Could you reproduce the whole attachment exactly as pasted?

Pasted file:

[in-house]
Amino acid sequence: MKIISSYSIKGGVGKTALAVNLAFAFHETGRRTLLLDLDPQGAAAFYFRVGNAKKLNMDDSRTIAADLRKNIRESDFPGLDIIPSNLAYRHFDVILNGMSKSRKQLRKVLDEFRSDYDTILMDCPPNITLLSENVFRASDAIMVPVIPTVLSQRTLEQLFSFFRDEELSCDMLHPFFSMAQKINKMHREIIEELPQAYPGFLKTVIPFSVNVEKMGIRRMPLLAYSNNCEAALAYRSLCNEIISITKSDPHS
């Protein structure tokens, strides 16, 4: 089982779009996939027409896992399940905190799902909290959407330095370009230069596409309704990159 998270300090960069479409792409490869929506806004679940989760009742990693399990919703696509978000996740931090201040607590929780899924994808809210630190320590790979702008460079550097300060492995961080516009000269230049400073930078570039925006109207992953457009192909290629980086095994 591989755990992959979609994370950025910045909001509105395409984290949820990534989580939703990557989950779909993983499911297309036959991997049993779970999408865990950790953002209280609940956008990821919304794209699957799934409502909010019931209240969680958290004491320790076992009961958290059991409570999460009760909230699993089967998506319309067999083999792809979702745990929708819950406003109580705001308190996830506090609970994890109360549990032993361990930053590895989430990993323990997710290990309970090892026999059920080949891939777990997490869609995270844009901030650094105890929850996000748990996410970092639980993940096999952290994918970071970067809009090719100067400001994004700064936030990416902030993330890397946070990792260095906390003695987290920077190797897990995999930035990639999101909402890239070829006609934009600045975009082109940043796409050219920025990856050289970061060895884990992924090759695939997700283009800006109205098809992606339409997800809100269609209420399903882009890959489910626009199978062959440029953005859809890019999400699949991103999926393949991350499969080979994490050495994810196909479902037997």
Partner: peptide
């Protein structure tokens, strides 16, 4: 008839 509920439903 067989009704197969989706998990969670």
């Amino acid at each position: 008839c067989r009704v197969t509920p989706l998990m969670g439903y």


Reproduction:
[in-house]
Amino acid sequence: MKIISSYSIKGGVGKTALAVNLAFAFHETGRRTLLLDLDPQGAAAFYFRVGNAKKLNMDDSRTIAADLRKNIRESDFPGLDIIPSNLAYRHFDVILNGMSKSRKQLRKVLDEFRSDYDTILMDCPPNITLLSENVFRASDAIMVPVIPTVLSQRTLEQLFSFFRDEELSCDMLHPFFSMAQKINKMHREIIEELPQAYPGFLKTVIPFSVNVEKMGIRRMPLLAYSNNCEAALAYRSLCNEIISITKSDPHS
């Protein structure tokens, strides 16, 4: 089982779009996939027409896992399940905190799902909290959407330095370009230069596409309704990159 998270300090960069479409792409490869929506806004679940989760009742990693399990919703696509978000996740931090201040607590929780899924994808809210630190320590790979702008460079550097300060492995961080516009000269230049400073930078570039925006109207992953457009192909290629980086095994 591989755990992959979609994370950025910045909001509105395409984290949820990534989580939703990557989950779909993983499911297309036959991997049993779970999408865990950790953002209280609940956008990821919304794209699957799934409502909010019931209240969680958290004491320790076992009961958290059991409570999460009760909230699993089967998506319309067999083999792809979702745990929708819950406003109580705001308190996830506090609970994890109360549990032993361990930053590895989430990993323990997710290990309970090892026999059920080949891939777990997490869609995270844009901030650094105890929850996000748990996410970092639980993940096999952290994918970071970067809009090719100067400001994004700064936030990416902030993330890397946070990792260095906390003695987290920077190797897990995999930035990639999101909402890239070829006609934009600045975009082109940043796409050219920025990856050289970061060895884990992924090759695939997700283009800006109205098809992606339409997800809100269609209420399903882009890959489910626009199978062959440029953005859809890019999400699949991103999926393949991350499969080979994490050495994810196909479902037997």
Partner: peptide
């Protein structure tokens, strides 16, 4: 008839 509920439903 067989009704197969989706998990969670």
């Amino acid at each position: 008839c067989r009704v197969t509920p989706l998990m969670g439903y």